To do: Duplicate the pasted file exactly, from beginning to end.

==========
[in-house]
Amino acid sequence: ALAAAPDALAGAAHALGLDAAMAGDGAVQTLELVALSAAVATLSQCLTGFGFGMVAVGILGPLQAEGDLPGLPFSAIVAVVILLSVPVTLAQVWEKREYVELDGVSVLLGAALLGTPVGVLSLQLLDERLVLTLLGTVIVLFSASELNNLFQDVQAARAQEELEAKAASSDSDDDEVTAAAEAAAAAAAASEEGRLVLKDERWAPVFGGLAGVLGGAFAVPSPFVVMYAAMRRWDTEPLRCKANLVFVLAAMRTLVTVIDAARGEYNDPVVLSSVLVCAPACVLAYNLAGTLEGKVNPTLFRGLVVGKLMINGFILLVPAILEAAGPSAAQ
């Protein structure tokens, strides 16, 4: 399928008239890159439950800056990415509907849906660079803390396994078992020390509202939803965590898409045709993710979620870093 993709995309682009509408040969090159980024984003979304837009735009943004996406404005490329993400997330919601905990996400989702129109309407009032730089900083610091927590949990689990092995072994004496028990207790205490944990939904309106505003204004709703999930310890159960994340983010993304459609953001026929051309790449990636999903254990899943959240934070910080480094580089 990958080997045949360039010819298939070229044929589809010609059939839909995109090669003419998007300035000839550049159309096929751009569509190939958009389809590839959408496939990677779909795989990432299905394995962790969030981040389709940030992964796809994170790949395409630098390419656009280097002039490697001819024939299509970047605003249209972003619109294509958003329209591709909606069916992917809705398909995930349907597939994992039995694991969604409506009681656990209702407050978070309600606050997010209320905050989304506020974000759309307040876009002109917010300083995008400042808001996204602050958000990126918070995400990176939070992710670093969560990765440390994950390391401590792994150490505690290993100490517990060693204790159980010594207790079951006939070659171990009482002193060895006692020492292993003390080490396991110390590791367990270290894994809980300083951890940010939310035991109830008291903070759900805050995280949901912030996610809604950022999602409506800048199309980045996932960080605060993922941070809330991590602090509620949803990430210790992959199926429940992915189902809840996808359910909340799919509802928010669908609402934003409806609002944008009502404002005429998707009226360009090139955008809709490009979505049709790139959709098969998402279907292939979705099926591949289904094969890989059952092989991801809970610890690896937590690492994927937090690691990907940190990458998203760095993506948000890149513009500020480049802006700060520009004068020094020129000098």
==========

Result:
[in-house]
Amino acid sequence: ALAAAPDALAGAAHALGLDAAMAGDGAVQTLELVALSAAVATLSQCLTGFGFGMVAVGILGPLQAEGDLPGLPFSAIVAVVILLSVPVTLAQVWEKREYVELDGVSVLLGAALLGTPVGVLSLQLLDERLVLTLLGTVIVLFSASELNNLFQDVQAARAQEELEAKAASSDSDDDEVTAAAEAAAAAAAASEEGRLVLKDERWAPVFGGLAGVLGGAFAVPSPFVVMYAAMRRWDTEPLRCKANLVFVLAAMRTLVTVIDAARGEYNDPVVLSSVLVCAPACVLAYNLAGTLEGKVNPTLFRGLVVGKLMINGFILLVPAILEAAGPSAAQ
């Protein structure tokens, strides 16, 4: 399928008239890159439950800056990415509907849906660079803390396994078992020390509202939803965590898409045709993710979620870093 993709995309682009509408040969090159980024984003979304837009735009943004996406404005490329993400997330919601905990996400989702129109309407009032730089900083610091927590949990689990092995072994004496028990207790205490944990939904309106505003204004709703999930310890159960994340983010993304459609953001026929051309790449990636999903254990899943959240934070910080480094580089 990958080997045949360039010819298939070229044929589809010609059939839909995109090669003419998007300035000839550049159309096929751009569509190939958009389809590839959408496939990677779909795989990432299905394995962790969030981040389709940030992964796809994170790949395409630098390419656009280097002039490697001819024939299509970047605003249209972003619109294509958003329209591709909606069916992917809705398909995930349907597939994992039995694991969604409506009681656990209702407050978070309600606050997010209320905050989304506020974000759309307040876009002109917010300083995008400042808001996204602050958000990126918070995400990176939070992710670093969560990765440390994950390391401590792994150490505690290993100490517990060693204790159980010594207790079951006939070659171990009482002193060895006692020492292993003390080490396991110390590791367990270290894994809980300083951890940010939310035991109830008291903070759900805050995280949901912030996610809604950022999602409506800048199309980045996932960080605060993922941070809330991590602090509620949803990430210790992959199926429940992915189902809840996808359910909340799919509802928010669908609402934003409806609002944008009502404002005429998707009226360009090139955008809709490009979505049709790139959709098969998402279907292939979705099926591949289904094969890989059952092989991801809970610890690896937590690492994927937090690691990907940190990458998203760095993506948000890149513009500020480049802006700060520009004068020094020129000098």